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Sunday 01 April 2001

A prospective randomized phase II trial of GM-CSF priming to prevent topotecan-induced neutropenia in chemotherapy-naive patients with malignant melanoma or renal cell carcinoma.

By: Janik JE, Miller LL, Korn EL, Stevens D, Curti BD, Smith JW 2nd, Sznol M, Conlon KC, Sharfman W, Urba WJ, Gause BL, Longo DL.

Blood 2001 Apr 1;97(7):1942-6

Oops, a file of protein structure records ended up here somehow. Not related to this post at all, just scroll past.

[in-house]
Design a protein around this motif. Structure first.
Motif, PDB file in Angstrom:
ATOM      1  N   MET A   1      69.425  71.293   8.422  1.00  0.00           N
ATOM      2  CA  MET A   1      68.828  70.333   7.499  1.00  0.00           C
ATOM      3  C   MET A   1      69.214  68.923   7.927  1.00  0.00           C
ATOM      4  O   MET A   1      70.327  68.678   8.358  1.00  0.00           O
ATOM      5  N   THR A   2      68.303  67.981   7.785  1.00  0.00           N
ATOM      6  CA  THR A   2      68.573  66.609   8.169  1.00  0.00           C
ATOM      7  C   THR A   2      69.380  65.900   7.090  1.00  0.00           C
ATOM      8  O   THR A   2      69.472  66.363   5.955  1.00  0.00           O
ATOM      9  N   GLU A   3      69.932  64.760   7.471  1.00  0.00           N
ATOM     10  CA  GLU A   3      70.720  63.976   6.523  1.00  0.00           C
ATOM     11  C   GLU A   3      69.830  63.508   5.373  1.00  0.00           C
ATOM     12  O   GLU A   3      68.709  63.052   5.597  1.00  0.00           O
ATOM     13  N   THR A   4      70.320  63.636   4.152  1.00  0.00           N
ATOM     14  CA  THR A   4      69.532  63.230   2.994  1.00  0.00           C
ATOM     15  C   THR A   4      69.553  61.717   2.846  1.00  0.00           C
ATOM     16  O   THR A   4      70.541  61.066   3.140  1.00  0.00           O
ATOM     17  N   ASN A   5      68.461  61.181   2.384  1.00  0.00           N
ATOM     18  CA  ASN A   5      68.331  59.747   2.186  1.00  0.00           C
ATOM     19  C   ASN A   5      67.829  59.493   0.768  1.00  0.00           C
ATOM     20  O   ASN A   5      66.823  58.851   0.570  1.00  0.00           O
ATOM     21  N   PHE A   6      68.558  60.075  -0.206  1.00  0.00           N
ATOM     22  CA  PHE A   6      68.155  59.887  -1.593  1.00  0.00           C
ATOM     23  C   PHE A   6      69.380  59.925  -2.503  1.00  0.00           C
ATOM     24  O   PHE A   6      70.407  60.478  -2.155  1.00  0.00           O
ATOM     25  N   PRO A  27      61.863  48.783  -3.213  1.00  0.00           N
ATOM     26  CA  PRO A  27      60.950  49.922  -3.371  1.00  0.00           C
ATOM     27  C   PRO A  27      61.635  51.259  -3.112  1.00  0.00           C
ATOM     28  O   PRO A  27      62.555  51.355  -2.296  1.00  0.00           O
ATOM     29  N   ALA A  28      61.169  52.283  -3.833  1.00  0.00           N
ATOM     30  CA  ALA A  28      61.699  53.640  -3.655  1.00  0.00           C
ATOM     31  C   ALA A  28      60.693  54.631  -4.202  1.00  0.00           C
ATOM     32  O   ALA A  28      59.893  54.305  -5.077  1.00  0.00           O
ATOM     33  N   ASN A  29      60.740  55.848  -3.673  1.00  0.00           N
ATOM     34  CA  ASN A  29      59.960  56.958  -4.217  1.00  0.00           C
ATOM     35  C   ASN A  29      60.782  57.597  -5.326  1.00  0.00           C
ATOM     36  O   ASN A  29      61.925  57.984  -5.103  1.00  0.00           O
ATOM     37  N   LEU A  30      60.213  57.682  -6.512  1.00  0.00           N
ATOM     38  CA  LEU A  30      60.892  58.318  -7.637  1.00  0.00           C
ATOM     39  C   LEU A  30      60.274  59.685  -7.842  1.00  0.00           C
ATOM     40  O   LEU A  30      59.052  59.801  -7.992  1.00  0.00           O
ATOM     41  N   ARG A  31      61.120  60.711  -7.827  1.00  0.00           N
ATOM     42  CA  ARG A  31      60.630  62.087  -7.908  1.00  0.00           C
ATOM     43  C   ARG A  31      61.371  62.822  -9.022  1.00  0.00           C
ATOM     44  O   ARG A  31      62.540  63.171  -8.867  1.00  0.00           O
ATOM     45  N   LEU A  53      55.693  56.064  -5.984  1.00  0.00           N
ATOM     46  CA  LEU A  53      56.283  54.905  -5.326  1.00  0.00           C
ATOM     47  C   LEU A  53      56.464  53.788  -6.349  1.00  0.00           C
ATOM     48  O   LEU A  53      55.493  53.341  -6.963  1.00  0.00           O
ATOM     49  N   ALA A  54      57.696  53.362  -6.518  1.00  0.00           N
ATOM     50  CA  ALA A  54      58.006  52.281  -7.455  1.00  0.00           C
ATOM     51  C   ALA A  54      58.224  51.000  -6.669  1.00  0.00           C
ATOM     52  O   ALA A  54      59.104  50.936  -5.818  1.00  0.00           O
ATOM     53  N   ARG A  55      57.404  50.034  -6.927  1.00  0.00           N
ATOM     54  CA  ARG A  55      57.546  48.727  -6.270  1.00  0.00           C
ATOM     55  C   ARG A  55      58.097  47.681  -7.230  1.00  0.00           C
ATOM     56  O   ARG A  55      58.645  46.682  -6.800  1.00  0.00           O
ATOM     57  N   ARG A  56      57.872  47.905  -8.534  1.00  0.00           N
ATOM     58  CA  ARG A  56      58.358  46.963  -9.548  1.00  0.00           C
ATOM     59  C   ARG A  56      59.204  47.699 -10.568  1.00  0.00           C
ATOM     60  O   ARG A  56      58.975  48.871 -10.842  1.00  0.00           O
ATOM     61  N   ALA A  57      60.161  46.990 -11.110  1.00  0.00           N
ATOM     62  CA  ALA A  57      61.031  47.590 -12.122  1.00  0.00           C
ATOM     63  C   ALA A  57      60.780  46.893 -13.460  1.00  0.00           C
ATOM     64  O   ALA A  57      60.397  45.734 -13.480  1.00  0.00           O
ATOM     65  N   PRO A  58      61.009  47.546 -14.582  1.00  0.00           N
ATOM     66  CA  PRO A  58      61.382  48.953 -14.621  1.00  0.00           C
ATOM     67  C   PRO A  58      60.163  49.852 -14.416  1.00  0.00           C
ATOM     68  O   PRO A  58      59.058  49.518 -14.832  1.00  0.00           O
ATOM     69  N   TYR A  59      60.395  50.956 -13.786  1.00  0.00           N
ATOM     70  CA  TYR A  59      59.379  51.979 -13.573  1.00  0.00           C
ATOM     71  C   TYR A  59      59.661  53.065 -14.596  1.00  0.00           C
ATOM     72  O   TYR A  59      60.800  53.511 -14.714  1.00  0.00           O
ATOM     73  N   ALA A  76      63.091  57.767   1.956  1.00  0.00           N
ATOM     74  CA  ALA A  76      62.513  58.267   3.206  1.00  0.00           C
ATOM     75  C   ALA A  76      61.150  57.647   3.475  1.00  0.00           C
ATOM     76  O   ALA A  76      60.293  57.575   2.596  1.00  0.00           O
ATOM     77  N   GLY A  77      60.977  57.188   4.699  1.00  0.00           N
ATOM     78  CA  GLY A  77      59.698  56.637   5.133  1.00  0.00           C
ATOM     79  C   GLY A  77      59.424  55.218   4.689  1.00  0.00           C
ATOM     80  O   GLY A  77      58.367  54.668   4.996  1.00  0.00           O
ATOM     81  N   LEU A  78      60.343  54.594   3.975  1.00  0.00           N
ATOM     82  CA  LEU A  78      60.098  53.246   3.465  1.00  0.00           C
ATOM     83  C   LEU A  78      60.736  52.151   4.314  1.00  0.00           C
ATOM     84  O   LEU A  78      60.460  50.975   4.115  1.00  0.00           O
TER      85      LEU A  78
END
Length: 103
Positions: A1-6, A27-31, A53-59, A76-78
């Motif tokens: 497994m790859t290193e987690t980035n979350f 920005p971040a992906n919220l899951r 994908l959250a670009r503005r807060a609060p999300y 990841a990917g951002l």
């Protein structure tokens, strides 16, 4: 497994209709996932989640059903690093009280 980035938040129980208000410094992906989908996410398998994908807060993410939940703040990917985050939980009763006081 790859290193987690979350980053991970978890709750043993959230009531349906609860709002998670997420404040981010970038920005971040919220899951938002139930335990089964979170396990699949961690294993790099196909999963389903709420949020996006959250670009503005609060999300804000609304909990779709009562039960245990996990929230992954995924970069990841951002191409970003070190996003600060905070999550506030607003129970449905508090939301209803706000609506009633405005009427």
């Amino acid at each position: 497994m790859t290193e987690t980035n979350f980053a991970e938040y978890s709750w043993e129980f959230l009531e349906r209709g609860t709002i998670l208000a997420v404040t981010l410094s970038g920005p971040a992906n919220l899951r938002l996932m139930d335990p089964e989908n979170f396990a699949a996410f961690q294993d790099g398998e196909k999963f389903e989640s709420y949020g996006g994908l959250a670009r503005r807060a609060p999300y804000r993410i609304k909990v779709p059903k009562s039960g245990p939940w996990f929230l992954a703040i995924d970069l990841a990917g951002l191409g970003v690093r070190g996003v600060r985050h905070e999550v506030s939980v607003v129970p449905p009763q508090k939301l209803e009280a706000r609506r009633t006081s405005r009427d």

We conducted a phase II randomized trial of recombinant granculocyte-macrophage colony-stimulating factor (GM-CSF) administered before topotecan chemotherapy to determine whether it could prevent myelosuppression and to determine the antitumor activity of this topoisomerase I inhibitor in 53 patients with metastatic malignant melanoma and renal cell cancer. All patients received GM-CSF after topotecan at a dose of 250 microg/m(2) daily for at least 8 days. Patients randomly assigned to receive GM-CSF priming were treated with GM-CSF at 250 microg/m(2) twice daily for 5 days before treatment. Twenty-five patients were randomly assigned to receive GM-CSF priming and 28 to receive topotecan without priming. The primary analysis was restricted to the protective effects seen during the first cycle of therapy. Grade 4 neutropenia occurred in 8 of 23 patients (35%) and grade 3 neutropenia in 5 of 23 patients (22%) randomized to GM-CSF priming, whereas 18 of 26 (69%) and 5 of 26 (19%) patients experienced grade 4 or 3 neutropenia, respectively, without GM-CSF priming (P =.0074). The mean duration of neutropenia was reduced by GM-CSF priming: grade 3 neutropenia from 5.2 +/- 0.7 to 2.8 +/- 0.7 days (P =.0232) and grade 4 neutropenia from 2.7 +/- 0.6 to 1.1 +/- 0.4 days (P = 0.0332). The protective effects of GM-CSF extended to the second cycle of treatment. The incidence of febrile neutropenia was also reduced. Chemotherapy-induced anemia and thrombocytopenia were similar in both groups. One partial response was seen in a patient with melanoma, and one patient with renal cell cancer had complete regression of pulmonary metastases and was rendered disease-free by nephrectomy. (Blood. 2001;97:1942-1946)

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